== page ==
We find it totally inconceivable the BREA thinks it is acceptable to let an appraiser who engaged in mortgage fraud remain licensed and in good standing with nothing of record to alert lenders or consumers before they hire this appraiser to do an appraisal.

We invite you to join us and sound off and let the world know how you feel about the action or should we say inaction of the BREA in this matter. We say enough is enough and it’s time the people who are supposed to protect the residents and businesses of this state do their jobs the right way.

Call the BREA 916-552-9000.
Email Governor Brown.
Email the Appraisal Subcommittee.
Email the Appraisal Foundation.
Email Senator Hueso or call 916-651-4040.
Email Speaker Atkins or call 916-319-7722.

Image credit flickr - Russ Sanderlin
Brian L. Trotrier

Brian L. Trotrier

A former practicing attorney with more than 30 years experience in real estate and risk management. The Foundation of Real Estate Associates (FREA) has specialized in providing Errors & Omissions Insurance to appraisers and home inspectors since 1993. As a membership organization with over 6,000 members, FREA is one of the largest and most well respected professional associations in the country, providing E&O Insurance for appraisers and inspectors as well as educational opportunities, member benefits, and legal support.

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15 Responses

  1. Bill Johnson says:

    It seems to me the author and the E & O insurance company are upset that they ultimately provided coverage to someone who broke the law and thus had increased liability risk. But I ask the following. Do the banks gets their licensees to operate pulled after they commit a crime? Is the appraiser just expected to work for these criminal clients so the industry doesn’t implode on itself? Do these lenders who are asking me to be their client have to in advance provide me with information as it relates to settlements / lawsuits? I wish the public, regulators, and this E & O insurance company would go after the real criminals (banks). If FREA is providing coverage to a risky pool of appraisers, this may explain why they tired to bump my E&O from $795 to over $1,200 while I have never had a claim.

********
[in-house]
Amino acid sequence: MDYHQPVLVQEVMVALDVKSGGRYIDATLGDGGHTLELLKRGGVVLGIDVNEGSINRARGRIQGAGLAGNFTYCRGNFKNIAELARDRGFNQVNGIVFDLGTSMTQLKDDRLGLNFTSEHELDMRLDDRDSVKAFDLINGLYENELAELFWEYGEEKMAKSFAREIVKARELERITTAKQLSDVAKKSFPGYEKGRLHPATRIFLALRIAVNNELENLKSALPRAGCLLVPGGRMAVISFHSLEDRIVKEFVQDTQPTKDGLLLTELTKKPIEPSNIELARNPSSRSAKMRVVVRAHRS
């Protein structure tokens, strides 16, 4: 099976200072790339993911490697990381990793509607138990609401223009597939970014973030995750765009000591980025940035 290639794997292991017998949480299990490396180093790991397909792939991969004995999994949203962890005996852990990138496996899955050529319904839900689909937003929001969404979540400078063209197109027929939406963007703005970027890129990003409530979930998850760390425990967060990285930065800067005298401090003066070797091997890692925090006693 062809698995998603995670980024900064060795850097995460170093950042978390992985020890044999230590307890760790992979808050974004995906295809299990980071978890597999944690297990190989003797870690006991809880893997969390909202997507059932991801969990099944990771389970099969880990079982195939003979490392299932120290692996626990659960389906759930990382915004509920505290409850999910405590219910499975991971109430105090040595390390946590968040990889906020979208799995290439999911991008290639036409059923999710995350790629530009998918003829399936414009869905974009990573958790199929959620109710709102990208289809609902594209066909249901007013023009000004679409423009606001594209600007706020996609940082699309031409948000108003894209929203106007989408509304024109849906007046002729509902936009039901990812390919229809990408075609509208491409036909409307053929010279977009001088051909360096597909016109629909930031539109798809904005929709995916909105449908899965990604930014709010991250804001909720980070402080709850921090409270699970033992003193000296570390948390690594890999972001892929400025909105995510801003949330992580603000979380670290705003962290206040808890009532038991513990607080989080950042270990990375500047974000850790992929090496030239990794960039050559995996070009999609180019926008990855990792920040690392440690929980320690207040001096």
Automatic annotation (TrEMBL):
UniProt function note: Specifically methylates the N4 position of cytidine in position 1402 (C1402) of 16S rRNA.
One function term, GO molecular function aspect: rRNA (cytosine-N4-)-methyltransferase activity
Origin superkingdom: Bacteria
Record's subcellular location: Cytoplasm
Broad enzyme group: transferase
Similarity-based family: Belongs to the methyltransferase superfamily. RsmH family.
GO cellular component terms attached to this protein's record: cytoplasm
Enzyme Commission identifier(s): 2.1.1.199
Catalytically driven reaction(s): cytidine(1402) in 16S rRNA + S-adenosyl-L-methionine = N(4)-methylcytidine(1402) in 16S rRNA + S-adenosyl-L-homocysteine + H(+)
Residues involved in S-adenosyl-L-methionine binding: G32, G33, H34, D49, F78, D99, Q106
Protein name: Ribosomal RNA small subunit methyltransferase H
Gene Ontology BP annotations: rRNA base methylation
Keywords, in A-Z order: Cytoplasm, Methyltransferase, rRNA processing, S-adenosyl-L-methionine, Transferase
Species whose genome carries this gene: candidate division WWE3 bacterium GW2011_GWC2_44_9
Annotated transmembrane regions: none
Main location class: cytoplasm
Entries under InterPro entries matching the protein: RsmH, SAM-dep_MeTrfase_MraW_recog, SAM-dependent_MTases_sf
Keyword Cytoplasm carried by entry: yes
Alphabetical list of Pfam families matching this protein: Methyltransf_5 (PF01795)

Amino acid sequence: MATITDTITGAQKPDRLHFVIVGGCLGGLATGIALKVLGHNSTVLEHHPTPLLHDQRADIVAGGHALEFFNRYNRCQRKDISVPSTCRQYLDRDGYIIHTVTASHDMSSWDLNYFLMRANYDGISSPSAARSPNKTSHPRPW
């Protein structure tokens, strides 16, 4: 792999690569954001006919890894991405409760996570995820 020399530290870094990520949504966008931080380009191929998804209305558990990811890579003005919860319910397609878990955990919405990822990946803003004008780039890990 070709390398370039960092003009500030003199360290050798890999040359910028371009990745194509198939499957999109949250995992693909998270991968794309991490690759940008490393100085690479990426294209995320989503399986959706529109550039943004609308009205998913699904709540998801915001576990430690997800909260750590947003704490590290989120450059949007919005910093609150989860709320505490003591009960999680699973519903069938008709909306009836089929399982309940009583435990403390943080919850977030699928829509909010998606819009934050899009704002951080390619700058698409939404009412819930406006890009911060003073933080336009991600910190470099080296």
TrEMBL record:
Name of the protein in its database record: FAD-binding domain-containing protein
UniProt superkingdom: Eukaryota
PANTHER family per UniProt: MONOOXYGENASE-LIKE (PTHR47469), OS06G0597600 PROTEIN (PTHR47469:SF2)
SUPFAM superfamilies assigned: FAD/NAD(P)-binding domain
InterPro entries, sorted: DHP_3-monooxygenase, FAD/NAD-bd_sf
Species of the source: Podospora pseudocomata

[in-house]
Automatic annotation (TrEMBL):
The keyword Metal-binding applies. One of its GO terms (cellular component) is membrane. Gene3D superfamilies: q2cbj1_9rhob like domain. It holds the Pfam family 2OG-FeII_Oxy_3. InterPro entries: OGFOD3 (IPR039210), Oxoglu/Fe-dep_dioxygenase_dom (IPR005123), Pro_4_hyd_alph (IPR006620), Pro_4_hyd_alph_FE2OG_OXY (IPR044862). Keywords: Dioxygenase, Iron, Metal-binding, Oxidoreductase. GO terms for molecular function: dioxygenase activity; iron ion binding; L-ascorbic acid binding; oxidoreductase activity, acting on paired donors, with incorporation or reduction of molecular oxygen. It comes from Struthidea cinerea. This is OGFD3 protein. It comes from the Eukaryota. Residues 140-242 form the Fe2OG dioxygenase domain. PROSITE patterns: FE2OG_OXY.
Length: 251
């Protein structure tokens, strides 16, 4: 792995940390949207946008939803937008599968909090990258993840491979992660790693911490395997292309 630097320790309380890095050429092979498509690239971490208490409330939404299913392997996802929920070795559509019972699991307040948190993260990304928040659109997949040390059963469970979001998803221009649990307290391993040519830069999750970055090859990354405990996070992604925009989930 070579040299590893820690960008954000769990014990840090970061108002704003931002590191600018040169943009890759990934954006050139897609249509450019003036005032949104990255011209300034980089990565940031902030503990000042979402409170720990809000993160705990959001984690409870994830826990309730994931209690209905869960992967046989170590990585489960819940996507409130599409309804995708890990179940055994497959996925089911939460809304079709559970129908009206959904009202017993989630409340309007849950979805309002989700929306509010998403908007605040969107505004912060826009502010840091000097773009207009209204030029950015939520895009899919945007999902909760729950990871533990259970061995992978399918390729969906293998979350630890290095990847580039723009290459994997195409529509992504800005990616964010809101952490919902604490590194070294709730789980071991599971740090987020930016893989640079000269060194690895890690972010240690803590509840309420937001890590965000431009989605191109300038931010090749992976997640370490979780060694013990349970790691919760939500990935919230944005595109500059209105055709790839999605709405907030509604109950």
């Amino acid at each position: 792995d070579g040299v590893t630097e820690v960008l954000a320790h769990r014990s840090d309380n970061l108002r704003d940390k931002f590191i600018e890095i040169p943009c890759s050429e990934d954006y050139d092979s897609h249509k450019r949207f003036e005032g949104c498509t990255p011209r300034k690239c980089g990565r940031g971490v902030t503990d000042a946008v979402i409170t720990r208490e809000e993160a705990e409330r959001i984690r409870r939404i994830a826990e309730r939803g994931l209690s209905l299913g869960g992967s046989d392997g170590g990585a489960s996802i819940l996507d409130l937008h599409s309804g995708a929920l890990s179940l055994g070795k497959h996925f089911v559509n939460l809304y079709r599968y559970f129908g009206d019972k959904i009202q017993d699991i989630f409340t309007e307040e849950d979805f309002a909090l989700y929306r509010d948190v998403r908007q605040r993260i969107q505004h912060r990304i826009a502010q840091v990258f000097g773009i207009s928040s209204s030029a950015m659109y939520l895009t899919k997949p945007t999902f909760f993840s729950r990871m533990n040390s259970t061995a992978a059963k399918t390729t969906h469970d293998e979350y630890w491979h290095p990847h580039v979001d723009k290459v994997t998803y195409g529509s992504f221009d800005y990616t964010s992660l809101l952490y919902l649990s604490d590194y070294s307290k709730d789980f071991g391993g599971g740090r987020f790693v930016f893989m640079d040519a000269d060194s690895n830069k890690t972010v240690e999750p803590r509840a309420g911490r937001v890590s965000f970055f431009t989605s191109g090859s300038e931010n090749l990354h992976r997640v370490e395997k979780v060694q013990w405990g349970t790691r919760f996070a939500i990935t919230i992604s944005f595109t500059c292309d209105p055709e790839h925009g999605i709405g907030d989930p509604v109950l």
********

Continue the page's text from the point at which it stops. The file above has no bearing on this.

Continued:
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  2. Danny says:

    FREA isn’t an insurance carrier, they are a broker. Well their sister company is a broker, ALIA. They have no control over rates. Rates go up because claims go up, not because FREA/ALIA is trying to make more money. They also aren’t the one’s who pay out a claim, again the insurance carrier does. An example of this is say someone goes to FREA/ALIA to get an insurance policy. ALIA shops the market with multiple insurance carriers. They place your business with the carrier who meets your needs the best that you have final say on, so let’s say that is AIG. Government guidelines are in place so that ALIA/FREA can’t raise the premium that AIG quotes to profit on. So all they do is pass that amount on to you. When you get in trouble and a claim comes against you, the carrier (AIG) of the policy that you picked pays it. ALIA/FREA doesn’t lose any money. The point of the article is when you are a licensed professional and you commit fraud within your industry you should lose your license and/or be punished based on the severity of your crime. Same works for anything else in life you have a license for. Your driver’s license go drive drunk and break the law, you’ll lose that license to drive, it’s that simple.

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  3. Koma says:

    Apples and Alligators using drunk driving as a comparison. Have you EVER lost a loved one to drunk driving? I’m guessing not due to the fact your being so flippant about it. No one cares about the semantics whether or not who’s the insurance company. The main fact is if this appraiser was the lender he’d pay a fine and be on his way (like what happened to all of them since ’09), but because he is not you want us to bury him alive. Why don’t you take care of your own “assets” and leave us out of this. I’ll be waiting for the response…this effects us all…blah…blah…blah..